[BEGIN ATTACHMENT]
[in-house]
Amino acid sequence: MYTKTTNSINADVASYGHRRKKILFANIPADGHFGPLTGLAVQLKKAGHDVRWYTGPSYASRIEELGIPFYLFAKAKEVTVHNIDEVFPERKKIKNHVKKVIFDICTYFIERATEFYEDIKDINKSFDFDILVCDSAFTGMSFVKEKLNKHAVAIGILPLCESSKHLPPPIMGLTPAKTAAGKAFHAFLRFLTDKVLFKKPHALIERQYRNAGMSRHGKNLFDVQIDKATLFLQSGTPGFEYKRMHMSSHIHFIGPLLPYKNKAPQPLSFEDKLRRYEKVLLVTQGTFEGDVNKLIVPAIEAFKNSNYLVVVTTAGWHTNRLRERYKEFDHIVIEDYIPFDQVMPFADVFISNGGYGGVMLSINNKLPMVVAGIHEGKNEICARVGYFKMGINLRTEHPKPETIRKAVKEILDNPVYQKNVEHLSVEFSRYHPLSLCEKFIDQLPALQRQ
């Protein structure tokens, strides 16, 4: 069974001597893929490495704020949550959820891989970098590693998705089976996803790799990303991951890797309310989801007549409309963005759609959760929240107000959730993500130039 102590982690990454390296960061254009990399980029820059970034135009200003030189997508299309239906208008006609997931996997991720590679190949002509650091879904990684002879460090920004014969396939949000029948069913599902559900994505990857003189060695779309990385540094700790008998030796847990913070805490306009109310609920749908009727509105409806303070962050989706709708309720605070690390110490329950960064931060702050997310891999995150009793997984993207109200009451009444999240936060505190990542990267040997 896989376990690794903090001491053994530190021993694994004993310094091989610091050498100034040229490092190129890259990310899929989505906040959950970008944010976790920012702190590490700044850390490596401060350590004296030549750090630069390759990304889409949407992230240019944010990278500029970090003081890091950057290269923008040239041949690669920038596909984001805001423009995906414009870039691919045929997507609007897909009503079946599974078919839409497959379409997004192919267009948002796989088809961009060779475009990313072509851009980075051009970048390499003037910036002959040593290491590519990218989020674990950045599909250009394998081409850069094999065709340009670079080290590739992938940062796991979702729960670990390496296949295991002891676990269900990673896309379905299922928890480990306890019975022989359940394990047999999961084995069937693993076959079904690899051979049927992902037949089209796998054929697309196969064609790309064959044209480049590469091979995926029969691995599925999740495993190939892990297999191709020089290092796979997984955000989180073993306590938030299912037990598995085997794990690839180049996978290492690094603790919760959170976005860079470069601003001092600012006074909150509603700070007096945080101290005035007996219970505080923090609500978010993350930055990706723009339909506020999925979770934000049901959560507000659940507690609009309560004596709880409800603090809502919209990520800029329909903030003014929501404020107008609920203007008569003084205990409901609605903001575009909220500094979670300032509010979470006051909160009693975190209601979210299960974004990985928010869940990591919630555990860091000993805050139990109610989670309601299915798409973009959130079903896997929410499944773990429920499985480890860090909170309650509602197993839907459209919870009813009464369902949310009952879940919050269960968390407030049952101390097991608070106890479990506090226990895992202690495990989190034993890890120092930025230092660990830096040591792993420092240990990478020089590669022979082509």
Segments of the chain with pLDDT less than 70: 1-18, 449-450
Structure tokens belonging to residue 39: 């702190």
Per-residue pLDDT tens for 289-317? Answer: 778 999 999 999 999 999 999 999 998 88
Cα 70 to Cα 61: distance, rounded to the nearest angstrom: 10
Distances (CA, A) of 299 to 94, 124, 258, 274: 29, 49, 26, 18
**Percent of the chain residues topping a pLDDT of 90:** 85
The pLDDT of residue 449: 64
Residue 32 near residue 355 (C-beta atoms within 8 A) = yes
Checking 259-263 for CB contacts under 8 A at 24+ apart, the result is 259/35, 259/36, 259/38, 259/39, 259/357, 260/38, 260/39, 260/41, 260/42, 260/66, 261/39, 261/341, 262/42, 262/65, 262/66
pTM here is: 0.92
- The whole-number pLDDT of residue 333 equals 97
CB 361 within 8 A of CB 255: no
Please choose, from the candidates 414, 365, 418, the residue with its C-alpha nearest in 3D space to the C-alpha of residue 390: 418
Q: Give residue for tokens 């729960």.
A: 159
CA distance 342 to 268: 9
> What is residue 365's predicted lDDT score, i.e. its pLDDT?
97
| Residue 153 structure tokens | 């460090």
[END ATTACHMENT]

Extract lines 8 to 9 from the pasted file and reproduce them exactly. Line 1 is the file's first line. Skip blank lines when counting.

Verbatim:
Distances (CA, A) of 299 to 94, 124, 258, 274: 29, 49, 26, 18
**Percent of the chain residues topping a pLDDT of 90:** 85